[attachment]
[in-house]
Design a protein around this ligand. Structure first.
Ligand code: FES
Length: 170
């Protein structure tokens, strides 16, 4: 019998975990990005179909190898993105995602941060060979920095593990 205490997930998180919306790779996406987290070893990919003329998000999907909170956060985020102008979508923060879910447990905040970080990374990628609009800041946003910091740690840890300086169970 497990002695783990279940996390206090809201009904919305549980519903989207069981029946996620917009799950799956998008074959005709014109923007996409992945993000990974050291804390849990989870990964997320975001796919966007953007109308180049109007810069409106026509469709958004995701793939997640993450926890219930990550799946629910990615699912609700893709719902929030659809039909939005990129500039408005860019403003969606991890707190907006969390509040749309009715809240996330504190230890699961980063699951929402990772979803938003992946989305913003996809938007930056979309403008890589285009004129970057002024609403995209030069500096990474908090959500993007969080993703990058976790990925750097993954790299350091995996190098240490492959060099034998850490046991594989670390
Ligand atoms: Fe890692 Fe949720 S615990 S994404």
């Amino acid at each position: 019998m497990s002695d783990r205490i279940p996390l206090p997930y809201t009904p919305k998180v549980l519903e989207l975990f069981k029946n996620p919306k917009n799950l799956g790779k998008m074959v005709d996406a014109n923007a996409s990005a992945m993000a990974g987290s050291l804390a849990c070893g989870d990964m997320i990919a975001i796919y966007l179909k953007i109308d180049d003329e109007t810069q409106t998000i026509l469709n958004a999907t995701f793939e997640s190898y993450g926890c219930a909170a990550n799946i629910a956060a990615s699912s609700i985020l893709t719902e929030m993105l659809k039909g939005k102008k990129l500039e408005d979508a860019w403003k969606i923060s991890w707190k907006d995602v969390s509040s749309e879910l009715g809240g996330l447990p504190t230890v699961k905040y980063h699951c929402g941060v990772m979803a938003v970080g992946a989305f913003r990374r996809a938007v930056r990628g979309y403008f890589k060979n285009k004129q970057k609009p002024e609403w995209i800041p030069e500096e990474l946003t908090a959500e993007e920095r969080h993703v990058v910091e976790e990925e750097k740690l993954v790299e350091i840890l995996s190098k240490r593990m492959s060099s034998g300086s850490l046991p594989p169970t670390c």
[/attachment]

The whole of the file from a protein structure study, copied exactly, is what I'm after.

[in-house]
Design a protein around this ligand. Structure first.
Ligand code: FES
Length: 170
């Protein structure tokens, strides 16, 4: 019998975990990005179909190898993105995602941060060979920095593990 205490997930998180919306790779996406987290070893990919003329998000999907909170956060985020102008979508923060879910447990905040970080990374990628609009800041946003910091740690840890300086169970 497990002695783990279940996390206090809201009904919305549980519903989207069981029946996620917009799950799956998008074959005709014109923007996409992945993000990974050291804390849990989870990964997320975001796919966007953007109308180049109007810069409106026509469709958004995701793939997640993450926890219930990550799946629910990615699912609700893709719902929030659809039909939005990129500039408005860019403003969606991890707190907006969390509040749309009715809240996330504190230890699961980063699951929402990772979803938003992946989305913003996809938007930056979309403008890589285009004129970057002024609403995209030069500096990474908090959500993007969080993703990058976790990925750097993954790299350091995996190098240490492959060099034998850490046991594989670390
Ligand atoms: Fe890692 Fe949720 S615990 S994404």
């Amino acid at each position: 019998m497990s002695d783990r205490i279940p996390l206090p997930y809201t009904p919305k998180v549980l519903e989207l975990f069981k029946n996620p919306k917009n799950l799956g790779k998008m074959v005709d996406a014109n923007a996409s990005a992945m993000a990974g987290s050291l804390a849990c070893g989870d990964m997320i990919a975001i796919y966007l179909k953007i109308d180049d003329e109007t810069q409106t998000i026509l469709n958004a999907t995701f793939e997640s190898y993450g926890c219930a909170a990550n799946i629910a956060a990615s699912s609700i985020l893709t719902e929030m993105l659809k039909g939005k102008k990129l500039e408005d979508a860019w403003k969606i923060s991890w707190k907006d995602v969390s509040s749309e879910l009715g809240g996330l447990p504190t230890v699961k905040y980063h699951c929402g941060v990772m979803a938003v970080g992946a989305f913003r990374r996809a938007v930056r990628g979309y403008f890589k060979n285009k004129q970057k609009p002024e609403w995209i800041p030069e500096e990474l946003t908090a959500e993007e920095r969080h993703v990058v910091e976790e990925e750097k740690l993954v790299e350091i840890l995996s190098k240490r593990m492959s060099s034998g300086s850490l046991p594989p169970t670390c």